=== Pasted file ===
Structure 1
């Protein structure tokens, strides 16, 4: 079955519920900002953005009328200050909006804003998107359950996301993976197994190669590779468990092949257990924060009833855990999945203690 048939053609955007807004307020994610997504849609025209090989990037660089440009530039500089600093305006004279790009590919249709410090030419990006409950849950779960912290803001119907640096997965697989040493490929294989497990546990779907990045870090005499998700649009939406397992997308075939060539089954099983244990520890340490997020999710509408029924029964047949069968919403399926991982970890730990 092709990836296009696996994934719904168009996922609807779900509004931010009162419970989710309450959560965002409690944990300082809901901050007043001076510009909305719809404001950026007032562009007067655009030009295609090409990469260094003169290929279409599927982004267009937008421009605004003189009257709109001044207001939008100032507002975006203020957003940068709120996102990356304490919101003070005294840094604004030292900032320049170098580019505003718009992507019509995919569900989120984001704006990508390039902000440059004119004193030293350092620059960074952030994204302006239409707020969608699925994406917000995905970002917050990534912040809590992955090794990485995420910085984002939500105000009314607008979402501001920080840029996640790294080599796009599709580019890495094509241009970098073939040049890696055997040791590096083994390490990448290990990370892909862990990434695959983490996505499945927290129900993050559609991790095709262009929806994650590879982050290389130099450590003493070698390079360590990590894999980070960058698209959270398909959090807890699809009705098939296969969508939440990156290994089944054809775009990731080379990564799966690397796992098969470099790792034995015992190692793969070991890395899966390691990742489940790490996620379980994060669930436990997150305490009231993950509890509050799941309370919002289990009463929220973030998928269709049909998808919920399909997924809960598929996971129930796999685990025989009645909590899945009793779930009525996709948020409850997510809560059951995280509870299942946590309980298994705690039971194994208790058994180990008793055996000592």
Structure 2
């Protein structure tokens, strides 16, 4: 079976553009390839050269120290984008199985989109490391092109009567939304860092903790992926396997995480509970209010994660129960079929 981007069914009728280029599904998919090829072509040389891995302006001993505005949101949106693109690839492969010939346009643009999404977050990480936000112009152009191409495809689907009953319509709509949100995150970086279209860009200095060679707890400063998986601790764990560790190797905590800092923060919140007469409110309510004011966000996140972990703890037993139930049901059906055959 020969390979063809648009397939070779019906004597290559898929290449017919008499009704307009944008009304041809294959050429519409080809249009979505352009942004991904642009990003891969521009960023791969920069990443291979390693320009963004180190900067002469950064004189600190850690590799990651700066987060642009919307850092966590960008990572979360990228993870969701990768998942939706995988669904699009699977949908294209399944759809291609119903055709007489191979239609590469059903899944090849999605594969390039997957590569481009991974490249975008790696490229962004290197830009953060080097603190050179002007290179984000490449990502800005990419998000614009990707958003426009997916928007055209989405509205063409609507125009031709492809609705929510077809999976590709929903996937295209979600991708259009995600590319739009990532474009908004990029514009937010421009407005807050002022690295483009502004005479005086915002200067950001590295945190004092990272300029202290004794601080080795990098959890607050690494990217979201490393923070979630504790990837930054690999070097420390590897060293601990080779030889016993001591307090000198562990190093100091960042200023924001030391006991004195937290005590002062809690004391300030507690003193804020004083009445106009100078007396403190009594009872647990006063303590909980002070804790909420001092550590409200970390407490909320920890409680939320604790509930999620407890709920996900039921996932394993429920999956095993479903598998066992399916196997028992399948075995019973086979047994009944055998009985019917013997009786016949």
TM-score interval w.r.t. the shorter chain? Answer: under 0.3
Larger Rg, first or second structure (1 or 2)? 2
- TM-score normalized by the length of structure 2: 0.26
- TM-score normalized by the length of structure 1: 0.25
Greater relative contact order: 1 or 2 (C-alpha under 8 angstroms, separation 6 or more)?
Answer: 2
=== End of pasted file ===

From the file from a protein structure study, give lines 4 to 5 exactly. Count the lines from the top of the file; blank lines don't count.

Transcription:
């Protein structure tokens, strides 16, 4: 079976553009390839050269120290984008199985989109490391092109009567939304860092903790992926396997995480509970209010994660129960079929 981007069914009728280029599904998919090829072509040389891995302006001993505005949101949106693109690839492969010939346009643009999404977050990480936000112009152009191409495809689907009953319509709509949100995150970086279209860009200095060679707890400063998986601790764990560790190797905590800092923060919140007469409110309510004011966000996140972990703890037993139930049901059906055959 020969390979063809648009397939070779019906004597290559898929290449017919008499009704307009944008009304041809294959050429519409080809249009979505352009942004991904642009990003891969521009960023791969920069990443291979390693320009963004180190900067002469950064004189600190850690590799990651700066987060642009919307850092966590960008990572979360990228993870969701990768998942939706995988669904699009699977949908294209399944759809291609119903055709007489191979239609590469059903899944090849999605594969390039997957590569481009991974490249975008790696490229962004290197830009953060080097603190050179002007290179984000490449990502800005990419998000614009990707958003426009997916928007055209989405509205063409609507125009031709492809609705929510077809999976590709929903996937295209979600991708259009995600590319739009990532474009908004990029514009937010421009407005807050002022690295483009502004005479005086915002200067950001590295945190004092990272300029202290004794601080080795990098959890607050690494990217979201490393923070979630504790990837930054690999070097420390590897060293601990080779030889016993001591307090000198562990190093100091960042200023924001030391006991004195937290005590002062809690004391300030507690003193804020004083009445106009100078007396403190009594009872647990006063303590909980002070804790909420001092550590409200970390407490909320920890409680939320604790509930999620407890709920996900039921996932394993429920999956095993479903598998066992399916196997028992399948075995019973086979047994009944055998009985019917013997009786016949």
TM-score interval w.r.t. the shorter chain? Answer: under 0.3